Hammersmith: Kelmscott Press, 1892. Bifolium (16" x 11" unfolded), printed on handmade paper created by Joseph Batchelor and Son in Kent, specially watermarked with a "Flower" designed by William Morris, folded once to produce 4 pages, printed in red and black, on p.  a large initial H with interlocking ornament inspired by insular ornament; on p.  a large initial W. Folded twice, soiled on final page, some wear along edges, but the paper stock very strong and crisp. Item #3229
THE BEGINNING OF TROY TYPE.
Four-page Prospectus for the first Kelmscott book printed in the Troy type, and the first in which the Chaucer type appears.
The prospectus is a solicitation for the "new" Kelmscott Press edition of "The Recuyell of the Historyes of Troye" from which the Troy type takes its name. In the present prospectus the Chaucer type is printed in red on p. . The Troy type was first announced to the world of books in a May 1892 Kelmscott list of "forthcoming" titles. Our Prospectus states that printing of "Recuyell" was finished on Oct. 14, 1892, and was being sold through Bernard Quaritch. The Kelmscott Chaucer, which appeared four years later, was printed with both Troy and Chaucer types, the latter differing only in size (12-point Primer instead of 18-point Great Primer).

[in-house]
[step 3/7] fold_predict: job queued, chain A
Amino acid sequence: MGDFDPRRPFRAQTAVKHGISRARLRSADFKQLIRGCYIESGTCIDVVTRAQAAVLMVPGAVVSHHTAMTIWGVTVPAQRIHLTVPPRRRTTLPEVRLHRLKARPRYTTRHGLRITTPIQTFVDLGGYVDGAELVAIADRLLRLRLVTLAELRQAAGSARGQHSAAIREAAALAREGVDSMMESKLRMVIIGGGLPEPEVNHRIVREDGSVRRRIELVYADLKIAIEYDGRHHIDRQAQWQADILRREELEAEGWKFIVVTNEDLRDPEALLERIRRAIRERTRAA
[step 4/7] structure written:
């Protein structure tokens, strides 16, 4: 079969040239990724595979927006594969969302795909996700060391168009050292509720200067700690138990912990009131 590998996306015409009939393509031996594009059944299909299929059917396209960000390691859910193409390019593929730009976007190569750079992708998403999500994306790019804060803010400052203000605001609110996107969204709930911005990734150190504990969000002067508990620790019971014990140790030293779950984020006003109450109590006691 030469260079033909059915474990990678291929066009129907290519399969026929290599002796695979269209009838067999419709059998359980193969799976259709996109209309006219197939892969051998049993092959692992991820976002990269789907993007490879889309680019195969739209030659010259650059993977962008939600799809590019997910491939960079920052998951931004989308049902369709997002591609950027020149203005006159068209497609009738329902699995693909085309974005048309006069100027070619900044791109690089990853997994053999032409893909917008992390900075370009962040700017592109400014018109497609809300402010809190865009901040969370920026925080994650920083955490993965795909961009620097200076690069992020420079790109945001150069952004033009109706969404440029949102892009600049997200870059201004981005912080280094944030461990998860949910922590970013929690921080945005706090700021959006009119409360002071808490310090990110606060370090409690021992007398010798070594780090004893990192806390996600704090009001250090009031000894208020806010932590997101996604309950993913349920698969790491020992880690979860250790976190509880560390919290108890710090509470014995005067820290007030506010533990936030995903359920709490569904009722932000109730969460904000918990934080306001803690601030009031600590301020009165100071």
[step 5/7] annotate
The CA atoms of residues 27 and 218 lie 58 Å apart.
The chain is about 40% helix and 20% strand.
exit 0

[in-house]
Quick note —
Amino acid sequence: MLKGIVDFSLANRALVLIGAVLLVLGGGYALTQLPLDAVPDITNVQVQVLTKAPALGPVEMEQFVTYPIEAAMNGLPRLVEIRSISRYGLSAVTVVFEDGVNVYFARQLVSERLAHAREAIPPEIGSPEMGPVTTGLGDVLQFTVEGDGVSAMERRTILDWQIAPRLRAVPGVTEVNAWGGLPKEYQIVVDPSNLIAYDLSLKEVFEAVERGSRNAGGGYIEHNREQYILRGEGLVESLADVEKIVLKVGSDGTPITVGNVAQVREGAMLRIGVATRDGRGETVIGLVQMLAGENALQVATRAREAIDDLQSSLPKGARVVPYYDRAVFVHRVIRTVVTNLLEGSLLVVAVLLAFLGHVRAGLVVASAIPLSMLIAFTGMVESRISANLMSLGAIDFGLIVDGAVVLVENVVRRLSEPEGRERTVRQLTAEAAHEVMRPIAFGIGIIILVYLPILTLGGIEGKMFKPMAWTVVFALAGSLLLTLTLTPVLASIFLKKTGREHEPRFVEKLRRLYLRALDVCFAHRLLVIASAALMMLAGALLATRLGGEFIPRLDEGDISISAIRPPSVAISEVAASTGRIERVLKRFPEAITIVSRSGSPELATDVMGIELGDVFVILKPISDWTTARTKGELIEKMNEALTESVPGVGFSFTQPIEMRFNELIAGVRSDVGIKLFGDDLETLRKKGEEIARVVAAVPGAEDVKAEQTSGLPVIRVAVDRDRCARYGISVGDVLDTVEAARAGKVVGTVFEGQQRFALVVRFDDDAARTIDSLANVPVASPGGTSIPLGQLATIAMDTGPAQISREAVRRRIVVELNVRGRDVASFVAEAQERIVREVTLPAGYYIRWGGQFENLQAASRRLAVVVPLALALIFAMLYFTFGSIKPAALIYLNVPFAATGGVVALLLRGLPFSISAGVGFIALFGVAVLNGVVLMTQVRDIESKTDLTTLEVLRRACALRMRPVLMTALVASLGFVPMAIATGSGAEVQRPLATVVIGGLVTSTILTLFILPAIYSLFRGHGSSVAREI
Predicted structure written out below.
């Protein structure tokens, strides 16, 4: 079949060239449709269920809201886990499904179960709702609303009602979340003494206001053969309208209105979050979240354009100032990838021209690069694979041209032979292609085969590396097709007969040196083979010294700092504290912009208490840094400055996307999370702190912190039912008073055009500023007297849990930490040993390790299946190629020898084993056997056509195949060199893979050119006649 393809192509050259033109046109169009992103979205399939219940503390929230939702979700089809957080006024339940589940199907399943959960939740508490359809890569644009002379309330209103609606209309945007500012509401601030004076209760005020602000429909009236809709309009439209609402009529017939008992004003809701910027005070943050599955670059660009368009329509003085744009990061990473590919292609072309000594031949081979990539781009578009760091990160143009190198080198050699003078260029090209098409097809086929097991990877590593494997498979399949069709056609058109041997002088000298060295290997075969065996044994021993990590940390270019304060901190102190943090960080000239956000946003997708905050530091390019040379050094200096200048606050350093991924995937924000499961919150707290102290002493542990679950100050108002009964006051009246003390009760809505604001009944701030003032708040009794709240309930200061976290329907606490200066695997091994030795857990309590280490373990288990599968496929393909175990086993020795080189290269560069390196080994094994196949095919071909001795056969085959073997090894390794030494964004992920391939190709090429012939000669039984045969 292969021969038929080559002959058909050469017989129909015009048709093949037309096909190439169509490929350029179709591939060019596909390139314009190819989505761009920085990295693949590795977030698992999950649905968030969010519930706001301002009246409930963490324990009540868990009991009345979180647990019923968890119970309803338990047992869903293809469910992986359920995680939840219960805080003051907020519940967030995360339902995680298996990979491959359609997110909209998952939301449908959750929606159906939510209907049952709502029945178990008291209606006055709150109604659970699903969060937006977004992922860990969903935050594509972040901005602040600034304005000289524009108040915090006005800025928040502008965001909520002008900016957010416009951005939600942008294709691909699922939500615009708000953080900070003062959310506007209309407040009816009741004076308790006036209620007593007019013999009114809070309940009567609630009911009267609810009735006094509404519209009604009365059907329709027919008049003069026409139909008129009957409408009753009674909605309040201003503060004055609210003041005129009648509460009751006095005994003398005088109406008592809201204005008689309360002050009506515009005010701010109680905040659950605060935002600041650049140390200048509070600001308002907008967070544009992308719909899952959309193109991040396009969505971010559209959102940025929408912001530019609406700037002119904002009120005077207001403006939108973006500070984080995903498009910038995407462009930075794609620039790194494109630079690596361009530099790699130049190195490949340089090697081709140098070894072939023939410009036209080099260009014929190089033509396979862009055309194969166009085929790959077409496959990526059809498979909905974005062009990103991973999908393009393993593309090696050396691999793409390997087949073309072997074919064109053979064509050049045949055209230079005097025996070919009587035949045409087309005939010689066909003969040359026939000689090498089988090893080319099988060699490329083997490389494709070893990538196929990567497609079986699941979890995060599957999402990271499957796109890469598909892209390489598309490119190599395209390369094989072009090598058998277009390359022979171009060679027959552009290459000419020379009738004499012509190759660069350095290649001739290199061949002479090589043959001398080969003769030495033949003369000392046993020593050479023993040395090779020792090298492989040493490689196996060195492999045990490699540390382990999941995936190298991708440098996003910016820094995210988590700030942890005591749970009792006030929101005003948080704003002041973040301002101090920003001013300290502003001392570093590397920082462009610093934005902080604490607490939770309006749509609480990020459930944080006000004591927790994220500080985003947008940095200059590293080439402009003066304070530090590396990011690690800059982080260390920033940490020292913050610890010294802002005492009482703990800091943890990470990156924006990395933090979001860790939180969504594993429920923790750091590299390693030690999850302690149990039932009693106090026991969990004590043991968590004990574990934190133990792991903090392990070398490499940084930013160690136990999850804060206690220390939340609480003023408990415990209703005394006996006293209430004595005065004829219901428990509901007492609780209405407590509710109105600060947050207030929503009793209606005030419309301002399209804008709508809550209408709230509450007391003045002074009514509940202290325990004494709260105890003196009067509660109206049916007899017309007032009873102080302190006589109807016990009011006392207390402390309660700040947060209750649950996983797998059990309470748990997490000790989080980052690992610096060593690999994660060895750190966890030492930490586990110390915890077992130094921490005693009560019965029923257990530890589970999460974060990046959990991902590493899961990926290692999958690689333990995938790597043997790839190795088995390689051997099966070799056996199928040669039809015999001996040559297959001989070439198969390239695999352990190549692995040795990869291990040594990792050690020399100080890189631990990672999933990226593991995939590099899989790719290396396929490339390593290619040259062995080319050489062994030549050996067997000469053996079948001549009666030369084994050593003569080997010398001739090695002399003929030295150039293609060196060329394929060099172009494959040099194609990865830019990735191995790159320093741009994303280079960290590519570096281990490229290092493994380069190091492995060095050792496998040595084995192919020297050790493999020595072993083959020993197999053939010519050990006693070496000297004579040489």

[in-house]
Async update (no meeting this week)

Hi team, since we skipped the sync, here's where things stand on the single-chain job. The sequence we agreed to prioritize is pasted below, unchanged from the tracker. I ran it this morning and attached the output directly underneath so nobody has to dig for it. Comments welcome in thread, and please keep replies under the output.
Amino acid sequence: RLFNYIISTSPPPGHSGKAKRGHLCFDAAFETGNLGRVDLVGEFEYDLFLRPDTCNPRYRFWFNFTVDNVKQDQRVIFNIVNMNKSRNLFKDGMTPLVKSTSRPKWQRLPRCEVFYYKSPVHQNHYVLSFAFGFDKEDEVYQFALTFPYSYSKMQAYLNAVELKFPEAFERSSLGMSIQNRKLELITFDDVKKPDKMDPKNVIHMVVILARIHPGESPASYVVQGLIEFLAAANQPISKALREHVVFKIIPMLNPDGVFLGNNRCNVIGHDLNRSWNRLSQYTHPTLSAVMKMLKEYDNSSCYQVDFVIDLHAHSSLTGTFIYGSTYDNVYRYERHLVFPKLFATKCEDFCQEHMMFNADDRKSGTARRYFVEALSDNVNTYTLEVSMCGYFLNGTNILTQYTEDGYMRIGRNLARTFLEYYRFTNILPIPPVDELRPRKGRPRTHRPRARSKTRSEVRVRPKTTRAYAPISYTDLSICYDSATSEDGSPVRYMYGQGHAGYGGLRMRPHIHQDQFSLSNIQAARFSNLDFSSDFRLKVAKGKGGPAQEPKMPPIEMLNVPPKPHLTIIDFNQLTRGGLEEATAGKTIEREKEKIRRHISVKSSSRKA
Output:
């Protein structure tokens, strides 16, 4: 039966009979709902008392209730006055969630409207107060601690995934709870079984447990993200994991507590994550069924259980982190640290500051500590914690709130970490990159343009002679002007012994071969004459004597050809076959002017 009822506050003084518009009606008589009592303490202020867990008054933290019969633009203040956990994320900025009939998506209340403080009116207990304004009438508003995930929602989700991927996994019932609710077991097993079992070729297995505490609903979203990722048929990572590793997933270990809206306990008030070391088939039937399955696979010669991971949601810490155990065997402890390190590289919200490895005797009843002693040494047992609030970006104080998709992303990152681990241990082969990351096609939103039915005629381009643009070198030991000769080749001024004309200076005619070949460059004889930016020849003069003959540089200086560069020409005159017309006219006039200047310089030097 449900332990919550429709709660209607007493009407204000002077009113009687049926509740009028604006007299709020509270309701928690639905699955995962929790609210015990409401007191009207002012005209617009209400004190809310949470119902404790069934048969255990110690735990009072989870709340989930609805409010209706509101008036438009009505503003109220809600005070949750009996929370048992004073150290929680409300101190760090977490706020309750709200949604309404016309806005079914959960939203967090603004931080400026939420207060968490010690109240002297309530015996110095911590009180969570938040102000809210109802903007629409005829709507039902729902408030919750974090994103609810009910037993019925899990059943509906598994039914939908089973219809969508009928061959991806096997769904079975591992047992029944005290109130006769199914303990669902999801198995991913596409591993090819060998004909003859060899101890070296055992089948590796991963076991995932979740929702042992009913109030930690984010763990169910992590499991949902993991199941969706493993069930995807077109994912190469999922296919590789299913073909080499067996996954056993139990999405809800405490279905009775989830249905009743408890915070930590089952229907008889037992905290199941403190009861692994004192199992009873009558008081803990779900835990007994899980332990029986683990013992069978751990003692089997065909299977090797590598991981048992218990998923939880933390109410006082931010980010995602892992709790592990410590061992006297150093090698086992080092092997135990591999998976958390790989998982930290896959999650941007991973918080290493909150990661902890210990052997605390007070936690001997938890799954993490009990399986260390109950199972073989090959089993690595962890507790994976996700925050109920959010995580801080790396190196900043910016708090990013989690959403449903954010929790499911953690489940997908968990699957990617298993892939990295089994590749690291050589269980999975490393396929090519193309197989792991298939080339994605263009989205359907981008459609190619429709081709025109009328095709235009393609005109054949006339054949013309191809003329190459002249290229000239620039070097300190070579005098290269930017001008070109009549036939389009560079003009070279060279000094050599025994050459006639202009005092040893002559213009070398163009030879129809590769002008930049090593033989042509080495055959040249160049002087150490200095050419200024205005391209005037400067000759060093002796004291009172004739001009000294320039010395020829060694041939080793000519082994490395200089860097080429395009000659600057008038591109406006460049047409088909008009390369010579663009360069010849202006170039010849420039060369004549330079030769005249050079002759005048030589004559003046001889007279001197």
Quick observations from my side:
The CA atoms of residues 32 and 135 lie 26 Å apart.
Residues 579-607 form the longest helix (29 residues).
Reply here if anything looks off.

Morris's Troy type shows the influence of the beautiful early types of Peter Schoeffer of Mainz, Gunther Zainer of Augsburg, and Anton Koburger of Nuremberg. Not surprisingly, Morris owned books from all these presses. Even more than the Golden type, the Troy font has a strong character of its own, which differs largely from that of any medieval type.